Grid-connected solar power is the most effective solution the world has at its disposal to help cut greenhouse gas emissions by 2030, according to a report published by Finnish Innovation Fund Sitra.
The report predicts that 12 gigatonnes of global emissions can be wiped over the next 15 years through the use of a mix of renewable energy technologies.
Basing its findings on grid solar’s successes in Germany, the report estimates that the resource has the potential to cut 2.1 megatonnes (Mt) of emissions by 2025 and 3.2 megatonnes by 2030, more than any other technology across the spheres of renewable energy, transport, buildings, industry and agriculture.
The findings of the report were presented at the United Nations’ 21st Framework Convention on Climate Change (COP21).
It highlighted the success of Germany’s solar energy industry after its cumulative installed capacity surpassed 38 GW at the end of last year, making it the world leader in the solar sector.
Germany’s success, the report says, can be scaled up to all countries and deliver an annual emissions reduction of 2.5-6.1Mt.
The falling cost of solar power make a potential investment on a grand scale possible and could deliver savings for consumers if solar power becomes cheaper than traditional power generation.
Of the 17 solutions that the report offers to cut greenhouse gas emissions, all are proven across different countries and industries. No new inventions are required to reduce carbon emissions, nor vast amounts of capital.
According to Mikko Kosonen, president of Sitra, these “solutions can make a big contribution to closing the emissions gap, without breaking the bank, and with no need for out-of-this-world inventions”.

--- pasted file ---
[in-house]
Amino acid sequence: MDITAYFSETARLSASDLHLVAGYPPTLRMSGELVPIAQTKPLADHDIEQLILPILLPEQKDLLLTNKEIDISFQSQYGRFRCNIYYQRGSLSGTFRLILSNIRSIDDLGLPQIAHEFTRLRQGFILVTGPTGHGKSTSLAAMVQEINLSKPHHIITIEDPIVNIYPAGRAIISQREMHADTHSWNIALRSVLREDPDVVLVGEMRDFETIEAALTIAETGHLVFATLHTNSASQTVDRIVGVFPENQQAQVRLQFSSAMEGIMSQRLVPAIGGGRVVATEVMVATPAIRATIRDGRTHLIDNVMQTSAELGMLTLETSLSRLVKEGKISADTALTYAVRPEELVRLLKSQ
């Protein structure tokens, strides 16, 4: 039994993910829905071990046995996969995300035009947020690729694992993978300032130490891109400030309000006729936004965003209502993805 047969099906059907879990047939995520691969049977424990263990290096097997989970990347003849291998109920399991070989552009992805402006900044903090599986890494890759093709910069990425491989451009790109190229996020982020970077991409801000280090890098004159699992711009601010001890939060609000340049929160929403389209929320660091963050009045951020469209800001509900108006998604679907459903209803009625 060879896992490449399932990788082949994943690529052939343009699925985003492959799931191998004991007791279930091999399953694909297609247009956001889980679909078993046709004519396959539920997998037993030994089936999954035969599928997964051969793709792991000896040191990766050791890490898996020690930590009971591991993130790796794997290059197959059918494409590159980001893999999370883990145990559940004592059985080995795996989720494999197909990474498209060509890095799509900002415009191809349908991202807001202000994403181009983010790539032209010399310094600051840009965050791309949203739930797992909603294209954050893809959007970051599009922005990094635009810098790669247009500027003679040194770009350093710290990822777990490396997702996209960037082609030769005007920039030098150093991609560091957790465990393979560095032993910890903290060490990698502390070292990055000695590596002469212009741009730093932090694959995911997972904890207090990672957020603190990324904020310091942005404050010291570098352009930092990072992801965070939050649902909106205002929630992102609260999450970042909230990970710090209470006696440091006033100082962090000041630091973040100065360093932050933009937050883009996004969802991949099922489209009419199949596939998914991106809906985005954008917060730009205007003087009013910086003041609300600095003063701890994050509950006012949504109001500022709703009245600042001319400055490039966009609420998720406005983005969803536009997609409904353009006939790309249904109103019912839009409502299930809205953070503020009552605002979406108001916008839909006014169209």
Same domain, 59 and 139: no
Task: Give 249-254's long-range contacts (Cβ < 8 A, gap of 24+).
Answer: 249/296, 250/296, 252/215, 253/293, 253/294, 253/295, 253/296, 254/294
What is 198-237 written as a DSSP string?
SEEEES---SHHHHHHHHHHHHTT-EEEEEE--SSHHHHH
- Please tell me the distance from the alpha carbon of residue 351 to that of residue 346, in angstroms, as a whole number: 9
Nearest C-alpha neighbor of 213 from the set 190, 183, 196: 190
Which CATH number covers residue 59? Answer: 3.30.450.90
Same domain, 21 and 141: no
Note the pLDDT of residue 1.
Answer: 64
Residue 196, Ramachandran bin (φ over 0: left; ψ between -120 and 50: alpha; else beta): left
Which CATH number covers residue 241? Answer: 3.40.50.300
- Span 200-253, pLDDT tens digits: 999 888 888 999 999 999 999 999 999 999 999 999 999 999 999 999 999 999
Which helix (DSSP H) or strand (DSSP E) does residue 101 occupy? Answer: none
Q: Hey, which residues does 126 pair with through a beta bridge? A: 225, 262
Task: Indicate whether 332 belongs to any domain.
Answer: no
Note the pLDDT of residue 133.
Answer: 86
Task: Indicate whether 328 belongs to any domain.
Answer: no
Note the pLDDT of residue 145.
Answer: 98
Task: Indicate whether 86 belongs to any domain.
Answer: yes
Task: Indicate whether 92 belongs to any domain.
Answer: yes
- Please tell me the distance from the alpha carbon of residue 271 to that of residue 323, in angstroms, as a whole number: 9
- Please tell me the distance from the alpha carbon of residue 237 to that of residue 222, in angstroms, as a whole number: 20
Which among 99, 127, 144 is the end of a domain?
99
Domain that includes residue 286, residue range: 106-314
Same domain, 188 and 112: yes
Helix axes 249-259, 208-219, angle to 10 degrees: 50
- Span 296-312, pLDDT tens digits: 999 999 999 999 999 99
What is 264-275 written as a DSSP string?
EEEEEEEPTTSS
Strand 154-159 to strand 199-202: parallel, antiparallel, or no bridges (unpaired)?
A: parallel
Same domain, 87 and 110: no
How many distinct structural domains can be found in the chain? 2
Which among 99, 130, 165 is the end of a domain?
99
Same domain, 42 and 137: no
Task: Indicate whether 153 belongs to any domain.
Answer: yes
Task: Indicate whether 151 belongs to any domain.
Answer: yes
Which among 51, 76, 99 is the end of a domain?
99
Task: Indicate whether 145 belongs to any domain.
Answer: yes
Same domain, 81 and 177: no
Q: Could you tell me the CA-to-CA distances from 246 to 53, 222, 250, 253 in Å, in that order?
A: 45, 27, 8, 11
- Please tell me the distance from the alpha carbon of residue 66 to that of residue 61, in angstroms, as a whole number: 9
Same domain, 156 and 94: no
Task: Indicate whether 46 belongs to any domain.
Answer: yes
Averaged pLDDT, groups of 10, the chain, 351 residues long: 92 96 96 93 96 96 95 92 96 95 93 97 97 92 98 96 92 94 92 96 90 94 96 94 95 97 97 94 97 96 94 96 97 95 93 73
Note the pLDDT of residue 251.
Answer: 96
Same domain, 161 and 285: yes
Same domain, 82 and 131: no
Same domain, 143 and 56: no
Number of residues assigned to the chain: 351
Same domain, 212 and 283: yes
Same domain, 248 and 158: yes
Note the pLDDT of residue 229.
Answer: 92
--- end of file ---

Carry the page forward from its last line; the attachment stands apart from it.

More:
Sitra’s stance contrasts with the views of Microsoft founder Bill Gates’, who initiated the Breakthrough Energy Coalition to support clean energy investment.
“The renewable technologies we have today, like wind and solar, have made a lot of progress and could be one path to a zero-carbon energy future,” Gates said. “But given the scale of the challenge, we need to be exploring many different paths – and that means we also need to invent new approaches.”
Sitra’s report simply proposes to scale up climate solutions that have already been achieved by some individual countries.
It also recommends that reducing deforestation would lead to the second biggest reduction of emissions. Brazil, for example, has successfully cut deforestation by about four-fifths. Scaling up sustainable forestry practices could achieve annual emission reductions of 4Mt by 2030. This would cost between $18bn and $45bn of investment per year by 2025 and $20bn to $53bn in 2030.
Brazil, alongside Denmark, was also hailed as a lead example in the wind energy sector, which Sitra said has potential to be the third most effective resource in emissions reduction. Replicating Brazil’s and Denmark’s use of auctions and tariff systems respectively across the world could cut 1.3Mt of emissions by 2030.
Sitra has already briefed governments in the US and Brazil on its findings and is planning to hold talks with other government officials in the coming months.
This article originally appeared on www.cleanenergypipeline.com a clean energy news service operated by VB Research, a sister publication to The Engineer. The reporter, Zak Bentley, can be contacted at Zak.firstname.lastname@example.org.